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Link to an image of this page  Link to an image of this page  [E8r p79]

Cuculi.

Cuckoos

EMBLEMA LX.

Ruricolas agreste genus plerique cucullos
Cur vocitent, quaenam prodita caussa fuit?[1]
Vere novo cantat Coccyx, quo tempore vites
Qui non absolvit, iure vocatur iners.
Fert ova in nidos alienos, qualiter ille
Cui thalamum prodit uxor adulterio.

Whatever explanation has been given for the custom of calling country-dwellers, that rustic race, ‘cuckoos’? - When spring is new, the cuckoo calls, and anyone who has not pruned his vines by this time is rightly blamed for being idle. The cuckoo desposits its eggs in other birds’ nests, like the man on whose account a wife betrays her marriage bed in adultery.

Notes:

1.  See Pliny, Natural History, 18.66.249, and Horace, Satires, 1.7.31, for the use of the word ‘cuckoo’ as term of mockery for the idle man who has failed to finish pruning his vines before the cuckoo is heard calling.


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Link to an image of this page  Link to an image of this page  [Q6v-f113v]

EMBLEMA CLXXXI [=180] .

In fraudulentos.

Deceivers

Parva lacerta, atris stellatus corpora guttis
Stellio,[1] qui latebras, & cava busta colit.
Link to an image of this page  Link to an image of this page  [Q7r f114r]Invidiae, pravique doli fert symbola pictus.
Heu nimium nuribus cognita zelotypis.
Nam turpi obtegitur faciem, lentigine quisquis,
Sit quibus immersus Stellio, vina bibat.[2]
Hinc vindicta frequens decepta pellice vino,
Quam formae amisso flore relinquit amans.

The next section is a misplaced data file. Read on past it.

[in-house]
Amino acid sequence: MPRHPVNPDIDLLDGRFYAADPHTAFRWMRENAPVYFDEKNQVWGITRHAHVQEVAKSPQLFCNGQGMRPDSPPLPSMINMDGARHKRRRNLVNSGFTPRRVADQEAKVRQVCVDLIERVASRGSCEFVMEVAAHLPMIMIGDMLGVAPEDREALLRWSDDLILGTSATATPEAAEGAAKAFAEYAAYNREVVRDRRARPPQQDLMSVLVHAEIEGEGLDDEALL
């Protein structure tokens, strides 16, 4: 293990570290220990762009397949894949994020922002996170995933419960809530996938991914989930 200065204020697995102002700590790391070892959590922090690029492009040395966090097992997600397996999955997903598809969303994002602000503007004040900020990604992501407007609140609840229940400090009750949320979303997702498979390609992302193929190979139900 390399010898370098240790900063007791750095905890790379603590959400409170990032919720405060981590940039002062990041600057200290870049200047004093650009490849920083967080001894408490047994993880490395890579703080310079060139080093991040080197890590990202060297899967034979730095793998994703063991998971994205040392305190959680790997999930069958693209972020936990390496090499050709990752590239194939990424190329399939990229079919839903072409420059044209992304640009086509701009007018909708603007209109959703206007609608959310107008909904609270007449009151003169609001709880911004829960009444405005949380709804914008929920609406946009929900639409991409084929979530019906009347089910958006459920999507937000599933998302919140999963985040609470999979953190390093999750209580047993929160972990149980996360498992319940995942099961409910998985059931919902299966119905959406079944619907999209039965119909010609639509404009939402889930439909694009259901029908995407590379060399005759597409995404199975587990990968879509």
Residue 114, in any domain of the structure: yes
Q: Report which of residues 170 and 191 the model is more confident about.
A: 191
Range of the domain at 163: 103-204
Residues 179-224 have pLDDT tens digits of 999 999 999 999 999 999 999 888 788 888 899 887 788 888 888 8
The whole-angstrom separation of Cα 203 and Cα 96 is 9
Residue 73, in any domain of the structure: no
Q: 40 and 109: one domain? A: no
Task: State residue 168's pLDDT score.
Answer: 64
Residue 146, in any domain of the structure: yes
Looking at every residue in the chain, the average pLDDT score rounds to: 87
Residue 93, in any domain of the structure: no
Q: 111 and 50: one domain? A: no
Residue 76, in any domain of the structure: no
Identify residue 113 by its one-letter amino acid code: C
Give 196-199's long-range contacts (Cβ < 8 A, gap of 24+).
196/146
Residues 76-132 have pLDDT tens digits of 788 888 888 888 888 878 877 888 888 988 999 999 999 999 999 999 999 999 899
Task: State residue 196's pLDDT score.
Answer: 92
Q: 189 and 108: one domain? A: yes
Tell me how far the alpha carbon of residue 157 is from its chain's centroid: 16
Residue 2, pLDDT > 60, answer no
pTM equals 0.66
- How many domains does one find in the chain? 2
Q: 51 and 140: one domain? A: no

The little lizard, called the ‘starred’ gecko from the dark star-shaped marks sprinkled all over its body, a creature that lurks in holes and hollow tombs, is pictured here and presents symbols of resentment and wicked deception, known only too well to jealous wives. For anyone who drinks wine in which a spotted gecko has been soaked comes out in ugly spots all over the face. This is often a way of taking revenge - the husband’s fancy woman is tricked with wine, and, when the flower of her beauty is gone, her lover abandons her.

Das CLXXXI [=180] .

Von den trügenhafftigen arglistigen .[3]

Das Edexen Gschlecht so ist klein
Und gesprecklet an der Haut sein
Darnach mans auch zu nennen pflegt
Und in die höler sich versteckt
Ist ein bedeutnuß abgebildt
Der verbunst, deß trug und lists milt
Fürwar den Hünen ist bekannt
Die uber ir man eyffrn im Welschlandt
Dann welches trincken thut den wein
Darinn diese würm erseufft sein
Diß angsicht wirt voll flecken gsetzt
Gantz ungstalt und die schön verletzt
Offt reichen sich mit diesem Wein
Die in nagen an irem beyn
Daß der Buler die dirne haßt
Weil sie ir schöne gstalt verlaßt.

Notes:

1.  stellio, ‘the ‘starred’ gecko’. See Ovid, Metamorphoses, 5.461 for the explanation of the name stellio.

2.  Nam turpi...vina bibat, ‘anyone who drinks wine...all over the face’. See Pliny, Natural History, 29.22.73.

3.  The German in certain parts of this emblem is particularly puzzling.


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